Methods: The data presented draw from ethnographic observations, individual, in-depth interviews, and written journals of 19 students who participated in a Ghana study abroad program over the course of two years. Most participants were women (16) and social work majors (15). Eight students were White, eight Latino/a, two Black, and one was Asian American. Data was analyzed using an inductive thematic approach and managed through NVivo. Triangulation and member checking ensured rigor and credibility.
Results: Ghana offered a unique context for learning about the history of racial oppression as it was one of the major ports for transatlantic slave trade. Four themes were identified: (1) the suffering and resilience of African and African descent people; (2) “it’s still happening today; (3) “you don’t learn about that in school”; and (4) remembrance, equity, and healing. The most eye-opening experience for students was the visit to the slave castles and learning about the magnitude of the violence and injustice against Africans and people of African descent. Students expressed frustration with the U.S. education system which “breezes through” the topics of slavery and colonization. As connections between past and present racial oppression in the United States and globally were recognized, students yearned for a forthright education and dialogue about racism as a first step toward acknowledging historical trauma and creating a racially equitable society.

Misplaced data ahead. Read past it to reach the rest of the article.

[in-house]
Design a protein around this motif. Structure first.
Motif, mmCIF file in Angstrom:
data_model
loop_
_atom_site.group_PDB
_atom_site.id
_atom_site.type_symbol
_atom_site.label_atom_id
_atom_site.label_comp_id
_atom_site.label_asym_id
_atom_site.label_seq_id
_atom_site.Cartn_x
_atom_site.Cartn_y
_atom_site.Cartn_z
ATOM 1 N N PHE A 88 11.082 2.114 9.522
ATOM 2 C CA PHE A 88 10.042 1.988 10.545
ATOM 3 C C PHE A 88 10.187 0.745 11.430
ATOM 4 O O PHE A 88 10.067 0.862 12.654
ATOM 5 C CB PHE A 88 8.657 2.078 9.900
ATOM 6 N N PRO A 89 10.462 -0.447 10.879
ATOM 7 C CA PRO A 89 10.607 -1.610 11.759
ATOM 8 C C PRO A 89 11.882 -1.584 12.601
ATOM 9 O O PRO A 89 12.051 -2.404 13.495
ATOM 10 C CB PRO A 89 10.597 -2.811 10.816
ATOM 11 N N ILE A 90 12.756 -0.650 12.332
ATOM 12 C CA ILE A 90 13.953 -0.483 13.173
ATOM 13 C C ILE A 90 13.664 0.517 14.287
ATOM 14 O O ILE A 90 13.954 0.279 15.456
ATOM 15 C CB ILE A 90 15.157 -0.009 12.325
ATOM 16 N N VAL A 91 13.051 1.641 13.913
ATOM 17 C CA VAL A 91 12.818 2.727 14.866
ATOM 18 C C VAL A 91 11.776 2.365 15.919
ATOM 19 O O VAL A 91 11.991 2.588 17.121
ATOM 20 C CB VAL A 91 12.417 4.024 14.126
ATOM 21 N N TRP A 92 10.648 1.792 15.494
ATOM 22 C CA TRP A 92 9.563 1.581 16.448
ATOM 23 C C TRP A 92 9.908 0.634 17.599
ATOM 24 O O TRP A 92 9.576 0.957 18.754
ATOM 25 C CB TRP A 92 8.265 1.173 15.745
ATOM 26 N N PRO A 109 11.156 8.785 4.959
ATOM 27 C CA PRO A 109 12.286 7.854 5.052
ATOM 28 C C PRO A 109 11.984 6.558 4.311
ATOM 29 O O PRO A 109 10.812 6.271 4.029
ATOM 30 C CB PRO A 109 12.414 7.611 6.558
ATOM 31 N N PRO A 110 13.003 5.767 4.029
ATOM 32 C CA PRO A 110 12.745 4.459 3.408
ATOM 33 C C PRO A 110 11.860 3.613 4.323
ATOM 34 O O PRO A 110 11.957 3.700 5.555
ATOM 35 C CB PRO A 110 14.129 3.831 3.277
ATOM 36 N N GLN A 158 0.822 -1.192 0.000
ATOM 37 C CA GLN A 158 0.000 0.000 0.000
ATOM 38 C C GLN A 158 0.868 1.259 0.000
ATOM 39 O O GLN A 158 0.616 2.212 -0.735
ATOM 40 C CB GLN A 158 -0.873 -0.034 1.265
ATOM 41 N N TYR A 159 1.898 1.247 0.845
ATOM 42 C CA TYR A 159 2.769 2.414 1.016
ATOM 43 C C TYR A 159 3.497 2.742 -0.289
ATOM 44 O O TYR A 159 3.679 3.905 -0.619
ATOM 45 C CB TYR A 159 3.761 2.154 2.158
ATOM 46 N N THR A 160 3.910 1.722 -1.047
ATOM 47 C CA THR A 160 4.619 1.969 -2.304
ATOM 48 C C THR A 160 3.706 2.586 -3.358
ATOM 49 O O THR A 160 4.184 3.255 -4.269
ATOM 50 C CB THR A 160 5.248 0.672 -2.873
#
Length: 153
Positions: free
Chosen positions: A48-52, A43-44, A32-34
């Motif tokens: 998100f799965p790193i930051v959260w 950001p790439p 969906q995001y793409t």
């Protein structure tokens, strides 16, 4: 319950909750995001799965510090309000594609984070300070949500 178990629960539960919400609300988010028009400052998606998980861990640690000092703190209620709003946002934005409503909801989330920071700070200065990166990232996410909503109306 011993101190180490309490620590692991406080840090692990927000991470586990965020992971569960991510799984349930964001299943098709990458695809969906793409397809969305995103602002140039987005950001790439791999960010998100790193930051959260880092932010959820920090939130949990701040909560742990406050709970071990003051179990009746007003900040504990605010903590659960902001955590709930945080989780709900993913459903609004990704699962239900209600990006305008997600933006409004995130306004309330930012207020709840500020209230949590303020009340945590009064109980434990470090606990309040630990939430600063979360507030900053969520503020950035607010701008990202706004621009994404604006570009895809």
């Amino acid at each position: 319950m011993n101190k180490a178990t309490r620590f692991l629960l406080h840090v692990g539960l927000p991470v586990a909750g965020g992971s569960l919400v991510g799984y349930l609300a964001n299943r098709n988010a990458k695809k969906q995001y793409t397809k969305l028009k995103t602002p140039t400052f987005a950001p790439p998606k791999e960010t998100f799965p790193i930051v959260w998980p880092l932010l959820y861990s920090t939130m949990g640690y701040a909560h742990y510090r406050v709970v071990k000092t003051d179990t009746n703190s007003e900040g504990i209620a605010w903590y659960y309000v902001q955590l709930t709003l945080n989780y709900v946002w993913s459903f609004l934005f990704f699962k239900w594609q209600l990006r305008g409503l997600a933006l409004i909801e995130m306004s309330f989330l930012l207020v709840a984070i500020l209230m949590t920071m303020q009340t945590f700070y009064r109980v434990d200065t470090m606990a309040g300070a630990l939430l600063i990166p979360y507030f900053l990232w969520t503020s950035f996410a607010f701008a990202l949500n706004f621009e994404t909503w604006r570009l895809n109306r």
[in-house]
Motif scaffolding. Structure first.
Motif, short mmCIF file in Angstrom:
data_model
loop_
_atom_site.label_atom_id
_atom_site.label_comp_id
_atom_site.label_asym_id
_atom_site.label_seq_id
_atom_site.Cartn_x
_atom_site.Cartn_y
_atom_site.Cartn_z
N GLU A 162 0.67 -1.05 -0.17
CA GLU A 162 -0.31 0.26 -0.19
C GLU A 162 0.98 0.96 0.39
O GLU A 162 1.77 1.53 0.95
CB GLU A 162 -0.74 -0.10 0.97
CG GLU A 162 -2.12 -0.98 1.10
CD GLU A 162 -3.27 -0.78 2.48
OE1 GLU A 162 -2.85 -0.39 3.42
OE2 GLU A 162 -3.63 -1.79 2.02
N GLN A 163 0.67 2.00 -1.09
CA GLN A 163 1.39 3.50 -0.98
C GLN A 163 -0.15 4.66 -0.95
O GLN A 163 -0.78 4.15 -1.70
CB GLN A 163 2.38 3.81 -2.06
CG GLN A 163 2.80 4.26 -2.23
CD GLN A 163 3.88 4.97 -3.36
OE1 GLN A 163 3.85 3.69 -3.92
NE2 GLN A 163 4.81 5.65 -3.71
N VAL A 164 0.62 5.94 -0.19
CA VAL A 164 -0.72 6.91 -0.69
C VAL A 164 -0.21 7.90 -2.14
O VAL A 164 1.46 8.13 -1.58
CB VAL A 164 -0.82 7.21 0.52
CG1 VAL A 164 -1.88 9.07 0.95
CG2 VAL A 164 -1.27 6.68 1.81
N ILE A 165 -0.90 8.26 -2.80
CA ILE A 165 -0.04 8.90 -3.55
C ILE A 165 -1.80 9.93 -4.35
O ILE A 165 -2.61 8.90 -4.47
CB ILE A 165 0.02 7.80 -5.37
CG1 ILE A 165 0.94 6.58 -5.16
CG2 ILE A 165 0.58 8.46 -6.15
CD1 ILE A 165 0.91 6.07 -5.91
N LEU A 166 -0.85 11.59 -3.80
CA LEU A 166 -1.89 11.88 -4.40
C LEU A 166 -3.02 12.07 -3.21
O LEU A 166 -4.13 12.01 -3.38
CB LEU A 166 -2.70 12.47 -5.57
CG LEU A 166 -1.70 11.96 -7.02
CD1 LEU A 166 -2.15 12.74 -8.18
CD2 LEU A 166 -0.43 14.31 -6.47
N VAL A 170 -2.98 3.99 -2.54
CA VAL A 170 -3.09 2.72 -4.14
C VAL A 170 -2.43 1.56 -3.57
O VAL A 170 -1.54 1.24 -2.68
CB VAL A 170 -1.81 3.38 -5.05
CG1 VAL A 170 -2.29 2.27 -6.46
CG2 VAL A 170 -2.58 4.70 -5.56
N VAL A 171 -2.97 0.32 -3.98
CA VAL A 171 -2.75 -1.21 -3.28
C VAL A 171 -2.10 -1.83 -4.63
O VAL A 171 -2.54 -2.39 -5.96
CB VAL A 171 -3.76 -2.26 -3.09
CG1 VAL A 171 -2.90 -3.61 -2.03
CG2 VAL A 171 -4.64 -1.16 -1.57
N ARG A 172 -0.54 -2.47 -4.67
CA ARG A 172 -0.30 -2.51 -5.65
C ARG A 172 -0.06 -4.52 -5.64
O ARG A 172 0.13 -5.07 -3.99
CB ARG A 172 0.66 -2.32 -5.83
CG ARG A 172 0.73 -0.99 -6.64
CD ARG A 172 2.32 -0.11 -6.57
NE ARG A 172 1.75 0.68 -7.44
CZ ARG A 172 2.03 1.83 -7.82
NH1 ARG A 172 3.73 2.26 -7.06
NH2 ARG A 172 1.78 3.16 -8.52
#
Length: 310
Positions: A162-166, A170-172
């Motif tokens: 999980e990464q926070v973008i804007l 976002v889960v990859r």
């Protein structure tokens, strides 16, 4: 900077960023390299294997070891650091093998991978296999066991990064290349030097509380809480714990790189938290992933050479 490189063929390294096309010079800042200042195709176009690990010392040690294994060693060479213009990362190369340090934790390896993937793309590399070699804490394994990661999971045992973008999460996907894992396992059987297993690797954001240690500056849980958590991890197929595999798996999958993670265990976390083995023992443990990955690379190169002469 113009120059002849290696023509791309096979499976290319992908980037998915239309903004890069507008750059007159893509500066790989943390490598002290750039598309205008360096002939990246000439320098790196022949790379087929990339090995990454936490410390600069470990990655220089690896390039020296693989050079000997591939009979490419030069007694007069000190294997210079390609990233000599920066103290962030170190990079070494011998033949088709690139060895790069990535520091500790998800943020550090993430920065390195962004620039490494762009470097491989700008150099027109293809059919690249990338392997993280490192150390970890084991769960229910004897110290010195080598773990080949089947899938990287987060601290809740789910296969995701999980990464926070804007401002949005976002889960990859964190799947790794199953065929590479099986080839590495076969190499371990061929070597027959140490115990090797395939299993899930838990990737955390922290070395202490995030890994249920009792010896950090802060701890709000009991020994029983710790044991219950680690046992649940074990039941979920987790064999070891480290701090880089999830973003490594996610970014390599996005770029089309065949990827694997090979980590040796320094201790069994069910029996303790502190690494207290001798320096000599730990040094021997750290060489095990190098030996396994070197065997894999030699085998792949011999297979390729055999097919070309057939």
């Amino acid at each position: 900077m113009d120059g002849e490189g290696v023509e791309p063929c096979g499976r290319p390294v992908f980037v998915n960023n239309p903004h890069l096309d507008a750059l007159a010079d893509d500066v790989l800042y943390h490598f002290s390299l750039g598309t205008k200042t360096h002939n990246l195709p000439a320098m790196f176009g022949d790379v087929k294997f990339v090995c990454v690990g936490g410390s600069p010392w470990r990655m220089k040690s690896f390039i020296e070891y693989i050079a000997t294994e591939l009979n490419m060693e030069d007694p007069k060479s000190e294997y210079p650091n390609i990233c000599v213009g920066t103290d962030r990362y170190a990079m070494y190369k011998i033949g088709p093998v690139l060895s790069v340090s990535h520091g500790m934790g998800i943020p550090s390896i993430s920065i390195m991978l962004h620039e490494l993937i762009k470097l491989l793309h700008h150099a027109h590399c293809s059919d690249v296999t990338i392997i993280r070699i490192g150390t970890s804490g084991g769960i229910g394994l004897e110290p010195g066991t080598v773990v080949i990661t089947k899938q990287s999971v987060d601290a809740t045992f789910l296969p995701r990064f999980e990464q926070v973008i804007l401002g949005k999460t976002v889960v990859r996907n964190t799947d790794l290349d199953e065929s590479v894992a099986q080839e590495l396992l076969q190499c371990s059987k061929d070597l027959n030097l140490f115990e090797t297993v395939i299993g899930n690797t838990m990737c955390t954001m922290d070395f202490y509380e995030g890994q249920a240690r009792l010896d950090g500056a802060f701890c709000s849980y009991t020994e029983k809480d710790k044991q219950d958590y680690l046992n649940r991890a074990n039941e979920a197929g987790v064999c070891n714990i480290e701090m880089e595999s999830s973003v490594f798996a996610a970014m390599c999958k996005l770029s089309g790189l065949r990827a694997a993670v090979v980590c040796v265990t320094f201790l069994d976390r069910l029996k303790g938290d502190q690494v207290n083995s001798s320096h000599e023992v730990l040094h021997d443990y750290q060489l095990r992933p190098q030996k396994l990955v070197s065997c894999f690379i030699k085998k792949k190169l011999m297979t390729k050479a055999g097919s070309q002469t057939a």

Conclusions and Implications: Our findings suggest a need for explicit education related to slavery and colonization and their current repercussions. Incorporation of this historical content into social work curriculum will allow students to apply a critical analysis of the roots and racialized consequences of current social policies. Understanding history can thus serve as an important factor to ensure that students learn how to avoid the mainstream (mis)interpretations of public issues, such as the disproportionate incarceration of Black men, in terms of private troubles. Through anti-racist education that includes a true presentation of the U.S. history, educators can promote open and honest dialogue about past and present racial injustice and support students to seek equity, healing, and reconciliation.